Healthy Eating for the Later Years:
Eat Fats Sparingly
Excess fat may cause indigestion. Saturated fat found in red meat, chicken skin and full cream dairy products may raise the level of cholesterol in the blood. It is best to limit saturated fat and also use lower fat cooking methods, such as grilling and baking instead of frying.
Limit the use of butter, hard margarine and food with hidden fat, such as pies, and pastries. Some fats are more healthy and can be included daily, such as a little olive, sunflower or canola oil, avocados or sunflower seeds.
- A large body of research shows that olive oil can improve your cholesterol level and lower your risk of heart disease. Two studies suggest another health reason to eat olive oil: it may protect against breast cancer.
- When compared with other oils such as peanut oil, sunflower oil, corn oil and others, canola oil has one of the lowest ratios of saturated to unsaturated fats. Canola oil is also rich in omega-3 fatty acids, which has shown to be beneficial in reducing the risk of coronary heart disease. Canola oil also contains vitamin E.
- Avocados are also considered by the scientific fraternity to be one of nature's superfruits, most notably because of their nutrition density. The avo contains nearly 20 vitamins, minerals and beneficial plant compounds. It is crammed full of monosaturated fats, numerous vitamins, minerals and phytochemicals; it is also a good source of fiber and protein, and bursting with antioxidants which help fight disease-causing free radicals in the body.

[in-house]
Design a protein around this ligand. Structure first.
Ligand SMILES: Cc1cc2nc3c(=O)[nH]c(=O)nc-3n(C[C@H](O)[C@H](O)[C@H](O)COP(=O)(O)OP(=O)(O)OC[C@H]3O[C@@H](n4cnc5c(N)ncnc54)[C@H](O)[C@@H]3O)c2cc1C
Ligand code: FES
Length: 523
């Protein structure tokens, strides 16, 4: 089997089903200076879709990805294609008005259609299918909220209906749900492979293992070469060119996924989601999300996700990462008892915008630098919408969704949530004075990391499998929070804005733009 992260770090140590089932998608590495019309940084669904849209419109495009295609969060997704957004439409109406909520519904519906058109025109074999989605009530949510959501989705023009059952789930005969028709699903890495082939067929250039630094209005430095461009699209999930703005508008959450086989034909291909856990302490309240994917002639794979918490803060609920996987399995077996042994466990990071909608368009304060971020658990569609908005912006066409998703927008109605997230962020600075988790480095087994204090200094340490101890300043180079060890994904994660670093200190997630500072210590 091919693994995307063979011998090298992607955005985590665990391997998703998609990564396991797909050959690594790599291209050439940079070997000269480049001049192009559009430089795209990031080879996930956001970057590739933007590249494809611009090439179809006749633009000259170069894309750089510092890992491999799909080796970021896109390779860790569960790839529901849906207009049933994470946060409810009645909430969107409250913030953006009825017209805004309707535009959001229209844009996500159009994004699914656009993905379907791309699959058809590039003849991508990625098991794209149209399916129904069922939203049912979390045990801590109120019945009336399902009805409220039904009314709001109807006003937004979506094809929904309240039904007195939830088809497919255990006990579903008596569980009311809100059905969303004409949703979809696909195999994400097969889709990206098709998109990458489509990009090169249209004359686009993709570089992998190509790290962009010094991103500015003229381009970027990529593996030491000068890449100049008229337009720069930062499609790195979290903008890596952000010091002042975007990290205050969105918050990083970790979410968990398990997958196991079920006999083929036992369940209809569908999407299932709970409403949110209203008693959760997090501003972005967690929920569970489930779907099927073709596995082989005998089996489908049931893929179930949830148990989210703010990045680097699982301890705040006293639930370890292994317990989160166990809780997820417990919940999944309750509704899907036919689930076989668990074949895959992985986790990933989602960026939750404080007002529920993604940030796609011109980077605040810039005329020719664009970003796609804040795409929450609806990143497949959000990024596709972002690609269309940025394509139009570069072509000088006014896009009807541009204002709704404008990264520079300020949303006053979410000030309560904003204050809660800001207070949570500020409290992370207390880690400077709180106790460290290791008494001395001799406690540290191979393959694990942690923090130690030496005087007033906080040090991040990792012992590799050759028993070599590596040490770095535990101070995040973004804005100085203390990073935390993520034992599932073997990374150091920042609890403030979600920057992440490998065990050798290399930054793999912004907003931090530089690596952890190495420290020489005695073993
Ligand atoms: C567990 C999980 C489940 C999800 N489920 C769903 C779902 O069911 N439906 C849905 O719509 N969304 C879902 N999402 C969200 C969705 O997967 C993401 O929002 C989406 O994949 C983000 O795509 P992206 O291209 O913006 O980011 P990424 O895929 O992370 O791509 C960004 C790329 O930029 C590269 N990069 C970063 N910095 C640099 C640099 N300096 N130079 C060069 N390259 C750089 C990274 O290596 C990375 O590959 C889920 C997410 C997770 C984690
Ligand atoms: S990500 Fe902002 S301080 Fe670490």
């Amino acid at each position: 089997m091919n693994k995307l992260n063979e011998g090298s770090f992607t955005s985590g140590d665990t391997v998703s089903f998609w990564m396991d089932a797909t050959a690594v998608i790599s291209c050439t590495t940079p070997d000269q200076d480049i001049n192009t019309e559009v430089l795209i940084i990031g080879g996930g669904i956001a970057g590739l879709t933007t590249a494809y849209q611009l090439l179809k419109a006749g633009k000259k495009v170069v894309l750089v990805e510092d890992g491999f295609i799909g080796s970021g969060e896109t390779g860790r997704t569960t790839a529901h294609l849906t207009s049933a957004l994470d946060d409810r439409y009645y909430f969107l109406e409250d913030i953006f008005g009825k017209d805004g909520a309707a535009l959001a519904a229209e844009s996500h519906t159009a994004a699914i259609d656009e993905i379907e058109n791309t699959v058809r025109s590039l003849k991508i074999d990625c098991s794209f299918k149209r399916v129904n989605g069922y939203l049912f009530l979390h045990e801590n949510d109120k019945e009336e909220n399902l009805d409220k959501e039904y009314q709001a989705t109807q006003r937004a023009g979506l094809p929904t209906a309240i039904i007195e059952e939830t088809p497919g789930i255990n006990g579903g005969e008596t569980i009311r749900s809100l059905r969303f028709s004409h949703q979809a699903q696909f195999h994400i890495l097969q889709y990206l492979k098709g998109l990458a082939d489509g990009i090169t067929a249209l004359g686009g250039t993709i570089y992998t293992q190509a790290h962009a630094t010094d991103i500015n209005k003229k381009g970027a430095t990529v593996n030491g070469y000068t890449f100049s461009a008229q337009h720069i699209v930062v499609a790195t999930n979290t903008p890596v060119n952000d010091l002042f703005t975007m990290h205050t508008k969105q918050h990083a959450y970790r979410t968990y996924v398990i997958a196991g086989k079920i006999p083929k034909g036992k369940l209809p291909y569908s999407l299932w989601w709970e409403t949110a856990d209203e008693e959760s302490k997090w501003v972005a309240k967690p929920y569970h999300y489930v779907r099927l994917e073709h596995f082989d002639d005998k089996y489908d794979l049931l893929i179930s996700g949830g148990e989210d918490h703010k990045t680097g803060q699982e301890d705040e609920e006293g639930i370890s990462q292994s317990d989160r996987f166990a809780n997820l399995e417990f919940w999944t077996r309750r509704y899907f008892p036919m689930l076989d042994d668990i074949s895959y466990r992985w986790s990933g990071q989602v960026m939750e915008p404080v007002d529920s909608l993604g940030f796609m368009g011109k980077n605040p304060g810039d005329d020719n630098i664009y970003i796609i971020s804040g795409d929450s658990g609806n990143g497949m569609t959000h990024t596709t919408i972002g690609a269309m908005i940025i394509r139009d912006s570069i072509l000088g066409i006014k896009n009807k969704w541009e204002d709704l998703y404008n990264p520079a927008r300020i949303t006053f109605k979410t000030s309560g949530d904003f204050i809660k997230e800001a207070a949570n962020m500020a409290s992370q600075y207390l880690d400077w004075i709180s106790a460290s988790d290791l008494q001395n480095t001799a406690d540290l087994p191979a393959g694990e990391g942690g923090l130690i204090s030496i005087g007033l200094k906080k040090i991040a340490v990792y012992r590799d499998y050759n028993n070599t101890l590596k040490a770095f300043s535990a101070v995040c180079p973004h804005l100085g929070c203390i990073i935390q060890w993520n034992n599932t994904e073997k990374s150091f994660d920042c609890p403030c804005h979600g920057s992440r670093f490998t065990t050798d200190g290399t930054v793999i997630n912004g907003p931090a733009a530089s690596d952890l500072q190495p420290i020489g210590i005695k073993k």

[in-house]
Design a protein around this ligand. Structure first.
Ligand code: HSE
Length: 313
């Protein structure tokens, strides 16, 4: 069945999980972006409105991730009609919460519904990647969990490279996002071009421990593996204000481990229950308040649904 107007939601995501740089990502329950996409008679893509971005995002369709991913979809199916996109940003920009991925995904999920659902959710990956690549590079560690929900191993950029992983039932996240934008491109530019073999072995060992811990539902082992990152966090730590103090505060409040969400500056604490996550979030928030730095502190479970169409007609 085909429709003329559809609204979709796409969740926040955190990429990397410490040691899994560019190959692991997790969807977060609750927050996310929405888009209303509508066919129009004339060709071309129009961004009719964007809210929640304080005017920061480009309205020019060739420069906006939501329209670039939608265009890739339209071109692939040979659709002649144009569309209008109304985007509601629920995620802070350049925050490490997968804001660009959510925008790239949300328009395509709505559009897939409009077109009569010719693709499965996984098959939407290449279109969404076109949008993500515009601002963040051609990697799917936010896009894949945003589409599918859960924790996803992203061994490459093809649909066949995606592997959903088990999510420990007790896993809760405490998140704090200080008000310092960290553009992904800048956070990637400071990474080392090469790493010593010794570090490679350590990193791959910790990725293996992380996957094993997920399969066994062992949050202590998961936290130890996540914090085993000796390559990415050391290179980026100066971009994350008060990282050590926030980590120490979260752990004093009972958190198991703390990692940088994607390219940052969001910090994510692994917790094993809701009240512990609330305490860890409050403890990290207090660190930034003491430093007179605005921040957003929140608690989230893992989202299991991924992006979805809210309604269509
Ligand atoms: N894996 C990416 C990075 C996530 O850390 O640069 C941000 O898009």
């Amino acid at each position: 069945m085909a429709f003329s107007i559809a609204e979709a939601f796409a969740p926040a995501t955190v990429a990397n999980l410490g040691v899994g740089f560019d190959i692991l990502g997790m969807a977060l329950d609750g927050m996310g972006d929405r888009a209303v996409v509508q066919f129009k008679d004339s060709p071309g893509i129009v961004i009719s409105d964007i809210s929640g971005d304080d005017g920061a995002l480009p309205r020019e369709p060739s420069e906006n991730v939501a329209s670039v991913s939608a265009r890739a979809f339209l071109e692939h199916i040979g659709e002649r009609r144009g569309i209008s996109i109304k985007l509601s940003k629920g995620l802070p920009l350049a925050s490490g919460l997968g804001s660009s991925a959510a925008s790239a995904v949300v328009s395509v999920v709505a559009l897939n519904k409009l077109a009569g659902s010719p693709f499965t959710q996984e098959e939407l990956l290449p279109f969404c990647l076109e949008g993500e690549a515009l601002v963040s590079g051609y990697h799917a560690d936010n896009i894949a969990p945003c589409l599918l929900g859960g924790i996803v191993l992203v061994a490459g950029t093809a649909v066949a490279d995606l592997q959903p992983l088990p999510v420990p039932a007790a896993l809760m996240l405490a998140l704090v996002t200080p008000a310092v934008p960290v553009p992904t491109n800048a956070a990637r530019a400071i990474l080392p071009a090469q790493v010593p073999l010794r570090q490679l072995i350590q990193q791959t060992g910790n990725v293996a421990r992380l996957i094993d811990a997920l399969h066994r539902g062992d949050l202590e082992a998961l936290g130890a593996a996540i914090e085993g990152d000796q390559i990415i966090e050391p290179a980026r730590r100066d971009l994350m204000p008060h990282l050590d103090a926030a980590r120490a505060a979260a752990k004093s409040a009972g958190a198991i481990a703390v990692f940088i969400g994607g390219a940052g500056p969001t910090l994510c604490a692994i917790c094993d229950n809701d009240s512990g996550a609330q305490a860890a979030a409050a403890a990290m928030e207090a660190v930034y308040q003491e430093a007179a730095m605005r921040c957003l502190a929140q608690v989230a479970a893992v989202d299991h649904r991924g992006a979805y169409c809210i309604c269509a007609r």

- Sunflower seeds are an excellent source of vitamin E, the body's primary fat-soluble antioxidant. Vitamin E travels throughout the body neutralizing free radicals that would otherwise damage fat-containing structures and molecules, such as cell membranes, brain cells, and cholesterol. Sunflower seeds are also a very good source of thiamine, and a good source of magnesium and selenium.